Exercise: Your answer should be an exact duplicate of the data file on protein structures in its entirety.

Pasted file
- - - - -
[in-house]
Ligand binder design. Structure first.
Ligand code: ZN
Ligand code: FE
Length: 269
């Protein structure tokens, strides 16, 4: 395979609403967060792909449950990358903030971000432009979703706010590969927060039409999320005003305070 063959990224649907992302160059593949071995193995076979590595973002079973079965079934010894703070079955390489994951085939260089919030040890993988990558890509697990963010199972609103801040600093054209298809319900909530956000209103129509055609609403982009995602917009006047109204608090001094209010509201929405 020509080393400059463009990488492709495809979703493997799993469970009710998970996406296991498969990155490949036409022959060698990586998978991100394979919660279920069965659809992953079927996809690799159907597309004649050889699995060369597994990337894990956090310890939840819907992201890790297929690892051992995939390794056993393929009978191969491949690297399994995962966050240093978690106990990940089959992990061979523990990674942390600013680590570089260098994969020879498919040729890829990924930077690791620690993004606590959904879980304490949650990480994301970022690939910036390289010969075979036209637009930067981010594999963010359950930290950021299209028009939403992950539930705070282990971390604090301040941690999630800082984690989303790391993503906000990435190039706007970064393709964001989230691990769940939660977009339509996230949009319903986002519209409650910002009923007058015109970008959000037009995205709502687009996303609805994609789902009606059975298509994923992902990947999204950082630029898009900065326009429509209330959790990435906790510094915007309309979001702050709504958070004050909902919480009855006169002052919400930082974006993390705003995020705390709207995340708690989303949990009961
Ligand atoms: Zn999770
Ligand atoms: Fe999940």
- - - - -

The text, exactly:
[in-house]
Ligand binder design. Structure first.
Ligand code: ZN
Ligand code: FE
Length: 269
């Protein structure tokens, strides 16, 4: 395979609403967060792909449950990358903030971000432009979703706010590969927060039409999320005003305070 063959990224649907992302160059593949071995193995076979590595973002079973079965079934010894703070079955390489994951085939260089919030040890993988990558890509697990963010199972609103801040600093054209298809319900909530956000209103129509055609609403982009995602917009006047109204608090001094209010509201929405 020509080393400059463009990488492709495809979703493997799993469970009710998970996406296991498969990155490949036409022959060698990586998978991100394979919660279920069965659809992953079927996809690799159907597309004649050889699995060369597994990337894990956090310890939840819907992201890790297929690892051992995939390794056993393929009978191969491949690297399994995962966050240093978690106990990940089959992990061979523990990674942390600013680590570089260098994969020879498919040729890829990924930077690791620690993004606590959904879980304490949650990480994301970022690939910036390289010969075979036209637009930067981010594999963010359950930290950021299209028009939403992950539930705070282990971390604090301040941690999630800082984690989303790391993503906000990435190039706007970064393709964001989230691990769940939660977009339509996230949009319903986002519209409650910002009923007058015109970008959000037009995205709502687009996303609805994609789902009606059975298509994923992902990947999204950082630029898009900065326009429509209330959790990435906790510094915007309309979001702050709504958070004050909902919480009855006169002052919400930082974006993390705003995020705390709207995340708690989303949990009961
Ligand atoms: Zn999770
Ligand atoms: Fe999940």